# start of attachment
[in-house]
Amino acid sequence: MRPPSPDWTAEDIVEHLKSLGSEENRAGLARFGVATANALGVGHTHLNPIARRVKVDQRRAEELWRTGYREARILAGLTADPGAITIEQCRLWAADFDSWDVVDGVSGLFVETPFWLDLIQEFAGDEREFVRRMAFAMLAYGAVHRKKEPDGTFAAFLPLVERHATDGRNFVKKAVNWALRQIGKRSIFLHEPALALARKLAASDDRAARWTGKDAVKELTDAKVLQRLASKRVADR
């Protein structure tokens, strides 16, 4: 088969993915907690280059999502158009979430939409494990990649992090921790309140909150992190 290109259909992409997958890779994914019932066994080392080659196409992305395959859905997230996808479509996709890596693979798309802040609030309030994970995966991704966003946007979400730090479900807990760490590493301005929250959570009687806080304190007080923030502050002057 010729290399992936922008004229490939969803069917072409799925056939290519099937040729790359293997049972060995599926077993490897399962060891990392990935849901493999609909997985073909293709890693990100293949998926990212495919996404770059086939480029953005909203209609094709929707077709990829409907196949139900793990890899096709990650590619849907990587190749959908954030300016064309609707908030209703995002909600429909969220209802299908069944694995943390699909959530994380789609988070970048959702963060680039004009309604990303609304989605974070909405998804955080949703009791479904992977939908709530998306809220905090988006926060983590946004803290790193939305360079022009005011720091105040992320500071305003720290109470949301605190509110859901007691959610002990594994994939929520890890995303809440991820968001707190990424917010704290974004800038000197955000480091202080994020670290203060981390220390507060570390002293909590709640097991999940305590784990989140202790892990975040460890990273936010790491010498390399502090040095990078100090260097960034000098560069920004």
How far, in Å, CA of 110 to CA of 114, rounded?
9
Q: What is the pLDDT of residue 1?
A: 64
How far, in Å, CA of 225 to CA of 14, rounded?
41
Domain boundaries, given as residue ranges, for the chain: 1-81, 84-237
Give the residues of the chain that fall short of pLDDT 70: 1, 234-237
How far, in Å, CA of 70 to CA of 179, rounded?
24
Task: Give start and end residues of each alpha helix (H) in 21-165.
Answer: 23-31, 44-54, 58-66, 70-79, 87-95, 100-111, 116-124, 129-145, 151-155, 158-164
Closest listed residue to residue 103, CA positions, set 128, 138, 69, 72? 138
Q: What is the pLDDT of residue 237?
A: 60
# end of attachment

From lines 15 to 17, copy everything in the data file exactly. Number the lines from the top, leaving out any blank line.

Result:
Answer: 23-31, 44-54, 58-66, 70-79, 87-95, 100-111, 116-124, 129-145, 151-155, 158-164
Closest listed residue to residue 103, CA positions, set 128, 138, 69, 72? 138
Q: What is the pLDDT of residue 237?